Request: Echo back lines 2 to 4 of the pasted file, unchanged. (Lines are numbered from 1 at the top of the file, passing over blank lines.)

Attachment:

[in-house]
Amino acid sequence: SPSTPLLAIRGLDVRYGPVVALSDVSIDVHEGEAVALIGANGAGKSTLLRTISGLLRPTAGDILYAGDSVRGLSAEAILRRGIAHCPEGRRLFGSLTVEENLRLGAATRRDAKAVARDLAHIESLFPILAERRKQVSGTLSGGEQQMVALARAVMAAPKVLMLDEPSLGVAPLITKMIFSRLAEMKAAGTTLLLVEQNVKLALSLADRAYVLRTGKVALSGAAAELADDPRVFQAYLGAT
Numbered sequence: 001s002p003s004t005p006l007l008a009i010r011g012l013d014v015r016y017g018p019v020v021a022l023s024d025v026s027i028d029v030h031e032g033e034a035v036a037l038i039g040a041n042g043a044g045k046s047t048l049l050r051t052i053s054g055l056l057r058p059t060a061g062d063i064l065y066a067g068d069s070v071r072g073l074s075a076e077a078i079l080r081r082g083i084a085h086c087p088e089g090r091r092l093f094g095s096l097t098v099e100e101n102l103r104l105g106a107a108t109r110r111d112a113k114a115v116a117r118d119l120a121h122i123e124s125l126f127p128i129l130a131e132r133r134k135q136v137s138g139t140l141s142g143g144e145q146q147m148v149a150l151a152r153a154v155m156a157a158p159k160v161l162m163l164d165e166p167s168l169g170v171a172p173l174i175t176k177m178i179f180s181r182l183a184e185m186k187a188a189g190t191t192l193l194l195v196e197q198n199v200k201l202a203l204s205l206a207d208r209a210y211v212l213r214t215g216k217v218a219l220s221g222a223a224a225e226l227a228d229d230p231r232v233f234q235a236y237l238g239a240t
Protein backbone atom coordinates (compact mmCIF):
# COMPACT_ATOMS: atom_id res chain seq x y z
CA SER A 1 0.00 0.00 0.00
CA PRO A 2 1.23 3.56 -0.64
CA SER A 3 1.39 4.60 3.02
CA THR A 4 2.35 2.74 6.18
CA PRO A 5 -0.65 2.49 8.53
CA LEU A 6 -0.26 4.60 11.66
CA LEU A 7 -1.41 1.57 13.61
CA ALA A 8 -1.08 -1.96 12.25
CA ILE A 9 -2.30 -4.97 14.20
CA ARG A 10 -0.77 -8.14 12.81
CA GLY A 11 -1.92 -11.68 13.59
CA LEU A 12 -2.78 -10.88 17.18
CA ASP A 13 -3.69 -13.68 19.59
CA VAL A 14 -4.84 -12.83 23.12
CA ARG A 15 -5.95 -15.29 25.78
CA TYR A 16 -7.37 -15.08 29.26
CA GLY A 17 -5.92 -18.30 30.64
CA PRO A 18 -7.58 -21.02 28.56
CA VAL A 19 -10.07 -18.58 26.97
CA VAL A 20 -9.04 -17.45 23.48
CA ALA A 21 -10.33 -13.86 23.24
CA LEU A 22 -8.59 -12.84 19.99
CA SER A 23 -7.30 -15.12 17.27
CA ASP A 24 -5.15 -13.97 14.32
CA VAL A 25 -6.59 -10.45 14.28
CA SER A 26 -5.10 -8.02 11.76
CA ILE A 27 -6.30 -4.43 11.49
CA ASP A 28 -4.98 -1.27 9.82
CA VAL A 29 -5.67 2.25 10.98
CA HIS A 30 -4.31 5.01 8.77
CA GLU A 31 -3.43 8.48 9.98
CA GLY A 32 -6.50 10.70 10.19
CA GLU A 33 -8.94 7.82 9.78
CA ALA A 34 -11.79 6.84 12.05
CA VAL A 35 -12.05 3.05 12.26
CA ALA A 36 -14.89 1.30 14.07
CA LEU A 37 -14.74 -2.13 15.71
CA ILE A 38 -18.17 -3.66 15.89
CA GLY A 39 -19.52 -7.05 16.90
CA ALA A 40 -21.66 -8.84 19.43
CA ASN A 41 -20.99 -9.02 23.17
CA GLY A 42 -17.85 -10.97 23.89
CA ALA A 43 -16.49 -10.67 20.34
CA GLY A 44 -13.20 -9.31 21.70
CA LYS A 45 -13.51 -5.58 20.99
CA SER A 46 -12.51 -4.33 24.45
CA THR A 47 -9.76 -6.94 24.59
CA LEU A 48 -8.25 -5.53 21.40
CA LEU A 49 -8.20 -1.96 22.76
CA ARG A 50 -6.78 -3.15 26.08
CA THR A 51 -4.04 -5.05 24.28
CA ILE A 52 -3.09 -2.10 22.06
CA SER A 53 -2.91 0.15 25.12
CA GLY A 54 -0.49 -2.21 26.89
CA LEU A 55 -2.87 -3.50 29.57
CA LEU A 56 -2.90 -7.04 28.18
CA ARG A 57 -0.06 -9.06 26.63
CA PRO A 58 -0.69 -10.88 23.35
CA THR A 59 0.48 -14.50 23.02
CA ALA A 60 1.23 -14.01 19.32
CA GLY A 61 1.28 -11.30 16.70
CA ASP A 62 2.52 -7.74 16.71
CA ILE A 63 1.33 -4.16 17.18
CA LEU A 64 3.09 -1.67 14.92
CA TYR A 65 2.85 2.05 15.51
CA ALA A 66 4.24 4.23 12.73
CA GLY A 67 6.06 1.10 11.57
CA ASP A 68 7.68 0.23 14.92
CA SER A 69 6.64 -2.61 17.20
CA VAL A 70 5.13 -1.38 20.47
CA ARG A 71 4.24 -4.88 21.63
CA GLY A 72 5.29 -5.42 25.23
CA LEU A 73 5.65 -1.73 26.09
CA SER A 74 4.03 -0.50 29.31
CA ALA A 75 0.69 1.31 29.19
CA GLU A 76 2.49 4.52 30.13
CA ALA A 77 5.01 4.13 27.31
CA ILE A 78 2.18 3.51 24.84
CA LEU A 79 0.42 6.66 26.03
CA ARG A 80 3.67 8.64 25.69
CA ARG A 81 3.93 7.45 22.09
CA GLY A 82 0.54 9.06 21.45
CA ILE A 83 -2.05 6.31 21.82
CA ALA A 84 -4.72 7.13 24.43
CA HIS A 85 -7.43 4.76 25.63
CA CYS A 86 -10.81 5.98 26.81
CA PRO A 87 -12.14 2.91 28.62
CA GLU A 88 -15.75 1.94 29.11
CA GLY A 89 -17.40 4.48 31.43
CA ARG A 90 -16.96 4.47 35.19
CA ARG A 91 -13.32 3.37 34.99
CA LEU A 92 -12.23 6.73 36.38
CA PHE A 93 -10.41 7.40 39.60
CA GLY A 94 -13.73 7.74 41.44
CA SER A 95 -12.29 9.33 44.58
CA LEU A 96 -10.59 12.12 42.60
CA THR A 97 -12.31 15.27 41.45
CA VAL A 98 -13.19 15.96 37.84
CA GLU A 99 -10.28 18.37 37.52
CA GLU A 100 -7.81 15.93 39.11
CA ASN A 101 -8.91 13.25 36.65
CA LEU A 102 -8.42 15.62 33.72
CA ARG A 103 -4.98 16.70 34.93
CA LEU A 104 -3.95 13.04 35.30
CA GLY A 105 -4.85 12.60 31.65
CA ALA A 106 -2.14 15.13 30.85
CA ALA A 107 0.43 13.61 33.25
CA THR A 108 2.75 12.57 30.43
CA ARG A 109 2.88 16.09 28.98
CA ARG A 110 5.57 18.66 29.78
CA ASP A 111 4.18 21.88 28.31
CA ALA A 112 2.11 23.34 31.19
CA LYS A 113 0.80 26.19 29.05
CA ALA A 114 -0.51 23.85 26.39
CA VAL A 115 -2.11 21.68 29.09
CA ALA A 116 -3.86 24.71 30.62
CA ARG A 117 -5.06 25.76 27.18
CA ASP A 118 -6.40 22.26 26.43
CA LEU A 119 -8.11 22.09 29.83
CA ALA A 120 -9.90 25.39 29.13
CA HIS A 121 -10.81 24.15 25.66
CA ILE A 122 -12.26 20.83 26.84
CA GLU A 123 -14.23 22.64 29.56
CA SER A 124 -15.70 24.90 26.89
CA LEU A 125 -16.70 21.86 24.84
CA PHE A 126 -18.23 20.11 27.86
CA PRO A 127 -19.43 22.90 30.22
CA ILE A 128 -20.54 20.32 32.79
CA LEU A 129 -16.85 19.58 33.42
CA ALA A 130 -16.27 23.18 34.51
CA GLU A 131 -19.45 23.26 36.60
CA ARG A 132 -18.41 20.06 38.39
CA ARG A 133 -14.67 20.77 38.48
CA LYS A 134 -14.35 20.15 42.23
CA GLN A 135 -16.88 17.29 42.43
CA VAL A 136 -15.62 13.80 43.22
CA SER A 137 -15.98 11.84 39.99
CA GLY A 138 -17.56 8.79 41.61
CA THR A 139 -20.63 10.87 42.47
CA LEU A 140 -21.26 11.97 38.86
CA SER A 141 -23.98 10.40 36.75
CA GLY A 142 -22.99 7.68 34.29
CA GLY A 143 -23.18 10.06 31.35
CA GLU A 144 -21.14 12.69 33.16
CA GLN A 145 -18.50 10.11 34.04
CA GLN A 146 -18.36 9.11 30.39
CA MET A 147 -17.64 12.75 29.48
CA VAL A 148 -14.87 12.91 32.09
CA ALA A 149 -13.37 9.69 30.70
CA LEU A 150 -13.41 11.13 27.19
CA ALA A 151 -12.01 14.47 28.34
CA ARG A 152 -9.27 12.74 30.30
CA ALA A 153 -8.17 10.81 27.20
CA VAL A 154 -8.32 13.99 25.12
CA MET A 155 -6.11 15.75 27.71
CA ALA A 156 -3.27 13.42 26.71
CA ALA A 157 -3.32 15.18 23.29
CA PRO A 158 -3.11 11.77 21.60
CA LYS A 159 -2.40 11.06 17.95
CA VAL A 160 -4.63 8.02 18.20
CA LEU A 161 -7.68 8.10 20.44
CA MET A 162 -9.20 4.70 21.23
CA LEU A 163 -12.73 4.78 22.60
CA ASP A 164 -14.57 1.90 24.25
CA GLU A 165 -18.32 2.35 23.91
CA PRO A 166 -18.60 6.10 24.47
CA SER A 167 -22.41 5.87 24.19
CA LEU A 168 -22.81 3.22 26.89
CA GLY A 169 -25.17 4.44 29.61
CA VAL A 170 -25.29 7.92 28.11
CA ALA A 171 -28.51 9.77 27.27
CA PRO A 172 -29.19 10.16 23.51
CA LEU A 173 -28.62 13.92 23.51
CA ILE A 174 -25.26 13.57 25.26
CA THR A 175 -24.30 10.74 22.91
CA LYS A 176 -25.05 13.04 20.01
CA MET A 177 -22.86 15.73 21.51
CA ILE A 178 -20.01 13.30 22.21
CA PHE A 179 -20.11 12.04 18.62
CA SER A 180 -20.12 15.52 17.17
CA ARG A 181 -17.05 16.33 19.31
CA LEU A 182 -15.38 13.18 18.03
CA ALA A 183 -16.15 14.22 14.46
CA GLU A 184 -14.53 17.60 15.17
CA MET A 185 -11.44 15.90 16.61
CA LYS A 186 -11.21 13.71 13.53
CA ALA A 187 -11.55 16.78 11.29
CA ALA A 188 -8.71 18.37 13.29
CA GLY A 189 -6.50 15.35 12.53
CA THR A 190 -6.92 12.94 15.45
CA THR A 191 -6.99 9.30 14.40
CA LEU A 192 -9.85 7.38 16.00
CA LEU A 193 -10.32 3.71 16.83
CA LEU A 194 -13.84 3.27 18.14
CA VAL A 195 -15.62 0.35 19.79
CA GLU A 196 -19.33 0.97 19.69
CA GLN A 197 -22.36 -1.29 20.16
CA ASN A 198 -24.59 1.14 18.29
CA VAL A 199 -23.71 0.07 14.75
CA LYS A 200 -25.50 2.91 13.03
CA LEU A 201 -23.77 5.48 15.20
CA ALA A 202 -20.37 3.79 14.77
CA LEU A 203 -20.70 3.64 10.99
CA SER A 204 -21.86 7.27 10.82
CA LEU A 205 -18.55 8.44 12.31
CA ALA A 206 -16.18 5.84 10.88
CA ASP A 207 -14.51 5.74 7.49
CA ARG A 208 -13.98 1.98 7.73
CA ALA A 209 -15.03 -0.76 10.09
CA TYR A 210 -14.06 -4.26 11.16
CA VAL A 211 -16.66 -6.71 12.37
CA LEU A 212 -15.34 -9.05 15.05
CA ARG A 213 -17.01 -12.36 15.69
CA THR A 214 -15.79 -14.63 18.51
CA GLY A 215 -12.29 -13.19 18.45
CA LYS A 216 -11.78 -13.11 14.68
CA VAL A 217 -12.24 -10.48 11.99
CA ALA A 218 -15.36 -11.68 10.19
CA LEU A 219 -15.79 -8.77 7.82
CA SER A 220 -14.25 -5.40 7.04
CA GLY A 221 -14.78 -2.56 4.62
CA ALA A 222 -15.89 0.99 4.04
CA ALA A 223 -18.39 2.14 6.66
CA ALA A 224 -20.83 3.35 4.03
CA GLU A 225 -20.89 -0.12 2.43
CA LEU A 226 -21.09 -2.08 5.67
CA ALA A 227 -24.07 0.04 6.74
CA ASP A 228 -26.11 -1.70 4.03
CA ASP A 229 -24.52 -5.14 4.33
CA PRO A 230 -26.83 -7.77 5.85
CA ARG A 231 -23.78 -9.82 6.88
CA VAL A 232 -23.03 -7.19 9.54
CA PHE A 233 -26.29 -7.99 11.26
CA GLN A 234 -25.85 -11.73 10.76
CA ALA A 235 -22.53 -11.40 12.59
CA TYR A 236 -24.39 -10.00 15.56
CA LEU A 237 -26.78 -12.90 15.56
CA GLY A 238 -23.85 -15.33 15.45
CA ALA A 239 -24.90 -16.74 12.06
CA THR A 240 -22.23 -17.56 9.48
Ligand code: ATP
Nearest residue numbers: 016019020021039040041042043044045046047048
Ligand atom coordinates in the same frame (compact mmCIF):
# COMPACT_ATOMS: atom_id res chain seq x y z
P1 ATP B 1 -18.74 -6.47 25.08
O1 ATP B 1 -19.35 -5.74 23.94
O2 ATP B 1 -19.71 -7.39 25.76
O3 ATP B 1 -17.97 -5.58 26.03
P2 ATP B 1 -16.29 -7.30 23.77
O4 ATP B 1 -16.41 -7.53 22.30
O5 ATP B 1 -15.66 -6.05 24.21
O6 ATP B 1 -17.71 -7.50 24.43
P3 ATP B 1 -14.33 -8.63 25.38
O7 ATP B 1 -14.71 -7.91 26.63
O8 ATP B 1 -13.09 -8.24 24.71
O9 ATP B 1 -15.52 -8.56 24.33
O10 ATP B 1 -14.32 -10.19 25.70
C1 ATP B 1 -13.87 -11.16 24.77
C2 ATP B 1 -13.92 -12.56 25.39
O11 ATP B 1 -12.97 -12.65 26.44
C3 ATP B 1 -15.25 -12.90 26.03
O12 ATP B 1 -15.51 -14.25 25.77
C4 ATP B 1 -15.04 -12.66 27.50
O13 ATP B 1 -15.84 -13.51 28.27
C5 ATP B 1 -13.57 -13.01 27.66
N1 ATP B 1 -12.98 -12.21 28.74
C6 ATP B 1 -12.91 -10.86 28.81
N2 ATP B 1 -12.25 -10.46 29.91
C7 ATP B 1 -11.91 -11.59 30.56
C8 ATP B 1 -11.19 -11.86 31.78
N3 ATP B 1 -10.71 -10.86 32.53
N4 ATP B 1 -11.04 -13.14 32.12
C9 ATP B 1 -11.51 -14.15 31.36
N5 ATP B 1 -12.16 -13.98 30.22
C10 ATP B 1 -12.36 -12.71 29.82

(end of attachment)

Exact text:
Amino acid sequence: SPSTPLLAIRGLDVRYGPVVALSDVSIDVHEGEAVALIGANGAGKSTLLRTISGLLRPTAGDILYAGDSVRGLSAEAILRRGIAHCPEGRRLFGSLTVEENLRLGAATRRDAKAVARDLAHIESLFPILAERRKQVSGTLSGGEQQMVALARAVMAAPKVLMLDEPSLGVAPLITKMIFSRLAEMKAAGTTLLLVEQNVKLALSLADRAYVLRTGKVALSGAAAELADDPRVFQAYLGAT
Numbered sequence: 001s002p003s004t005p006l007l008a009i010r011g012l013d014v015r016y017g018p019v020v021a022l023s024d025v026s027i028d029v030h031e032g033e034a035v036a037l038i039g040a041n042g043a044g045k046s047t048l049l050r051t052i053s054g055l056l057r058p059t060a061g062d063i064l065y066a067g068d069s070v071r072g073l074s075a076e077a078i079l080r081r082g083i084a085h086c087p088e089g090r091r092l093f094g095s096l097t098v099e100e101n102l103r104l105g106a107a108t109r110r111d112a113k114a115v116a117r118d119l120a121h122i123e124s125l126f127p128i129l130a131e132r133r134k135q136v137s138g139t140l141s142g143g144e145q146q147m148v149a150l151a152r153a154v155m156a157a158p159k160v161l162m163l164d165e166p167s168l169g170v171a172p173l174i175t176k177m178i179f180s181r182l183a184e185m186k187a188a189g190t191t192l193l194l195v196e197q198n199v200k201l202a203l204s205l206a207d208r209a210y211v212l213r214t215g216k217v218a219l220s221g222a223a224a225e226l227a228d229d230p231r232v233f234q235a236y237l238g239a240t
Protein backbone atom coordinates (compact mmCIF):